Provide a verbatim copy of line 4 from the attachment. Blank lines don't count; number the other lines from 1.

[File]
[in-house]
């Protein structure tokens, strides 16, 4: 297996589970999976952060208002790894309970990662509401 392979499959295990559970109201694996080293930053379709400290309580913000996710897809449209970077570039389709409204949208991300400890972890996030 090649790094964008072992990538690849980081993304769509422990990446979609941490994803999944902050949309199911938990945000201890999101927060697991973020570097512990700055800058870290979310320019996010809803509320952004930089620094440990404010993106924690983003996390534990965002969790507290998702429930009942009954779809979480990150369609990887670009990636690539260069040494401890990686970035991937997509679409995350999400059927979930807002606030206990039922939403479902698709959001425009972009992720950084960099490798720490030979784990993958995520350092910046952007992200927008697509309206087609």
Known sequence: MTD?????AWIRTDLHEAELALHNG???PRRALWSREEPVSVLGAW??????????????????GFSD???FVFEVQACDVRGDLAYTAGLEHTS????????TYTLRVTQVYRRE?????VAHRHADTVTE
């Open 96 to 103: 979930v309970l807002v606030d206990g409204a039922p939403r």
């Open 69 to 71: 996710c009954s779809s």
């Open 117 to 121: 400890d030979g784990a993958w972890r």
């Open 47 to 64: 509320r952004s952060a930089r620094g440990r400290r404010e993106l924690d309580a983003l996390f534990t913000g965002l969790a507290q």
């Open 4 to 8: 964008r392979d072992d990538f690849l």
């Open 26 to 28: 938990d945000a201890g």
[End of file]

């Open 96 to 103: 979930v309970l807002v606030d206990g409204a039922p939403r």